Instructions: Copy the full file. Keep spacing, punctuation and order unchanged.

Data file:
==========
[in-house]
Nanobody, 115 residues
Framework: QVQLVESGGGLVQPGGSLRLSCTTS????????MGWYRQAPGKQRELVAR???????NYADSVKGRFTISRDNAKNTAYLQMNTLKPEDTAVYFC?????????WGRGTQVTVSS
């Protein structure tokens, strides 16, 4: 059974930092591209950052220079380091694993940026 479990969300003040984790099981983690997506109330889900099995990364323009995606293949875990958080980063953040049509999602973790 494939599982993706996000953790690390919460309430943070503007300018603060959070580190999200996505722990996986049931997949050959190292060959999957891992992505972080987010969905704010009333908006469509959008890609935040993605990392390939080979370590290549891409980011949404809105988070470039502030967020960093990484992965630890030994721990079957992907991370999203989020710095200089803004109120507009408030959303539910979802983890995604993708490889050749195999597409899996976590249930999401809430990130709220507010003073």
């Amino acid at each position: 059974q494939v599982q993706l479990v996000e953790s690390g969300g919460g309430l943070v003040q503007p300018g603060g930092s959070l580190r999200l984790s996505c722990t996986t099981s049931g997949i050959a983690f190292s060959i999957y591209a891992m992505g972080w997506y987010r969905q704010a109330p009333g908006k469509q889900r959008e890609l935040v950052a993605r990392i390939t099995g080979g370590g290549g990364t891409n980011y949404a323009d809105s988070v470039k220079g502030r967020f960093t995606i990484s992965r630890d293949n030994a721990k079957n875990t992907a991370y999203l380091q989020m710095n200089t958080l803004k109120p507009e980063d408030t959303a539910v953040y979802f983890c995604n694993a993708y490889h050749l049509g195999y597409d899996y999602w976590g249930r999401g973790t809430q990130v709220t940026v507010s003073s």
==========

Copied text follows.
[in-house]
Nanobody, 115 residues
Framework: QVQLVESGGGLVQPGGSLRLSCTTS????????MGWYRQAPGKQRELVAR???????NYADSVKGRFTISRDNAKNTAYLQMNTLKPEDTAVYFC?????????WGRGTQVTVSS
């Protein structure tokens, strides 16, 4: 059974930092591209950052220079380091694993940026 479990969300003040984790099981983690997506109330889900099995990364323009995606293949875990958080980063953040049509999602973790 494939599982993706996000953790690390919460309430943070503007300018603060959070580190999200996505722990996986049931997949050959190292060959999957891992992505972080987010969905704010009333908006469509959008890609935040993605990392390939080979370590290549891409980011949404809105988070470039502030967020960093990484992965630890030994721990079957992907991370999203989020710095200089803004109120507009408030959303539910979802983890995604993708490889050749195999597409899996976590249930999401809430990130709220507010003073």
């Amino acid at each position: 059974q494939v599982q993706l479990v996000e953790s690390g969300g919460g309430l943070v003040q503007p300018g603060g930092s959070l580190r999200l984790s996505c722990t996986t099981s049931g997949i050959a983690f190292s060959i999957y591209a891992m992505g972080w997506y987010r969905q704010a109330p009333g908006k469509q889900r959008e890609l935040v950052a993605r990392i390939t099995g080979g370590g290549g990364t891409n980011y949404a323009d809105s988070v470039k220079g502030r967020f960093t995606i990484s992965r630890d293949n030994a721990k079957n875990t992907a991370y999203l380091q989020m710095n200089t958080l803004k109120p507009e980063d408030t959303a539910v953040y979802f983890c995604n694993a993708y490889h050749l049509g195999y597409d899996y999602w976590g249930r999401g973790t809430q990130v709220t940026v507010s003073s």